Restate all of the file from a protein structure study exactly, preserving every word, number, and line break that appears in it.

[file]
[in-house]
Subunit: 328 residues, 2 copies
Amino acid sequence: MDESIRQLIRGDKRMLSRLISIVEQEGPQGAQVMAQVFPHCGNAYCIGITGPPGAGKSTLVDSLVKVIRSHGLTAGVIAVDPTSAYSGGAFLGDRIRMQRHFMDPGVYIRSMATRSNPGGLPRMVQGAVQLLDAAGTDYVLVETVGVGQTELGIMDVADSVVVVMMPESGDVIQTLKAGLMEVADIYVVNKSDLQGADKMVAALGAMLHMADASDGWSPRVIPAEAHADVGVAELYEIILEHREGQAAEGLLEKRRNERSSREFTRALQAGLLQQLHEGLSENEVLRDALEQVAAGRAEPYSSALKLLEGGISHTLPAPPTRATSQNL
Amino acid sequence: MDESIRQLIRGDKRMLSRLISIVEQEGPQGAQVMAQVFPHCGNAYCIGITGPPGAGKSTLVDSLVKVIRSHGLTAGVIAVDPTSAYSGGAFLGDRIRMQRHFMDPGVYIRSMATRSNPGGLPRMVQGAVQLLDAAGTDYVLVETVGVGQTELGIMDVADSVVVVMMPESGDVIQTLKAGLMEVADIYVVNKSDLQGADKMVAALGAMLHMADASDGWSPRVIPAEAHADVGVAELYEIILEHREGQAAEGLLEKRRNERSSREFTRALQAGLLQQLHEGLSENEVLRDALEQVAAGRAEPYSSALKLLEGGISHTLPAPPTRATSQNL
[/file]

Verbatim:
[in-house]
Subunit: 328 residues, 2 copies
Amino acid sequence: MDESIRQLIRGDKRMLSRLISIVEQEGPQGAQVMAQVFPHCGNAYCIGITGPPGAGKSTLVDSLVKVIRSHGLTAGVIAVDPTSAYSGGAFLGDRIRMQRHFMDPGVYIRSMATRSNPGGLPRMVQGAVQLLDAAGTDYVLVETVGVGQTELGIMDVADSVVVVMMPESGDVIQTLKAGLMEVADIYVVNKSDLQGADKMVAALGAMLHMADASDGWSPRVIPAEAHADVGVAELYEIILEHREGQAAEGLLEKRRNERSSREFTRALQAGLLQQLHEGLSENEVLRDALEQVAAGRAEPYSSALKLLEGGISHTLPAPPTRATSQNL
Amino acid sequence: MDESIRQLIRGDKRMLSRLISIVEQEGPQGAQVMAQVFPHCGNAYCIGITGPPGAGKSTLVDSLVKVIRSHGLTAGVIAVDPTSAYSGGAFLGDRIRMQRHFMDPGVYIRSMATRSNPGGLPRMVQGAVQLLDAAGTDYVLVETVGVGQTELGIMDVADSVVVVMMPESGDVIQTLKAGLMEVADIYVVNKSDLQGADKMVAALGAMLHMADASDGWSPRVIPAEAHADVGVAELYEIILEHREGQAAEGLLEKRRNERSSREFTRALQAGLLQQLHEGLSENEVLRDALEQVAAGRAEPYSSALKLLEGGISHTLPAPPTRATSQNL